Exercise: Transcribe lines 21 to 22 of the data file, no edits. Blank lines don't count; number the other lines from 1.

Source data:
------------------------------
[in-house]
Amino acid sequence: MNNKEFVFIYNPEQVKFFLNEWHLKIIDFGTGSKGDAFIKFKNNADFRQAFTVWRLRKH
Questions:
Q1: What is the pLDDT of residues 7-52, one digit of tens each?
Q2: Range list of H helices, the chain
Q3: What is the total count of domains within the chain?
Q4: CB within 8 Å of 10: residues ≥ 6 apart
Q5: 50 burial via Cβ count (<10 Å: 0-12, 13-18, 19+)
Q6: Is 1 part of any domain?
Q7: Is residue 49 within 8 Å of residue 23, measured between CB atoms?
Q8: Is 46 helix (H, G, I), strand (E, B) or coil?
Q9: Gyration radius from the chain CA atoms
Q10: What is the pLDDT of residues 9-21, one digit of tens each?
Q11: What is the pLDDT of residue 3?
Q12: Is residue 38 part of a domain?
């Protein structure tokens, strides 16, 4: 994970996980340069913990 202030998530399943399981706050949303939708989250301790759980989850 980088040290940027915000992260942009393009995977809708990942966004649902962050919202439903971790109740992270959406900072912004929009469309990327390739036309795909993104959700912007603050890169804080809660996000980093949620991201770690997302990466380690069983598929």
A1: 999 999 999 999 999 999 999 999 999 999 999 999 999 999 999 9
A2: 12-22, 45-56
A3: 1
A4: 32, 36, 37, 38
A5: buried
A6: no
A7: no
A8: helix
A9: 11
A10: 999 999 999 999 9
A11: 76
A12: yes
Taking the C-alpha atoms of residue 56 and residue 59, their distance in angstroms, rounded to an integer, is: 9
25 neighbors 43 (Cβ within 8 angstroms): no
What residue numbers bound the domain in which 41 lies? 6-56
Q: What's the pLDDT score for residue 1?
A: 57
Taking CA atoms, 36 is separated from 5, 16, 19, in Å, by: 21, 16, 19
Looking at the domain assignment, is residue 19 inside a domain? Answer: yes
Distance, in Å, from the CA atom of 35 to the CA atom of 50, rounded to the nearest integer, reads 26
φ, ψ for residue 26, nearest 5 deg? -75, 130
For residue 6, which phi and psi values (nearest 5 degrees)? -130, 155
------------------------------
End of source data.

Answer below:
A5: buried
A6: no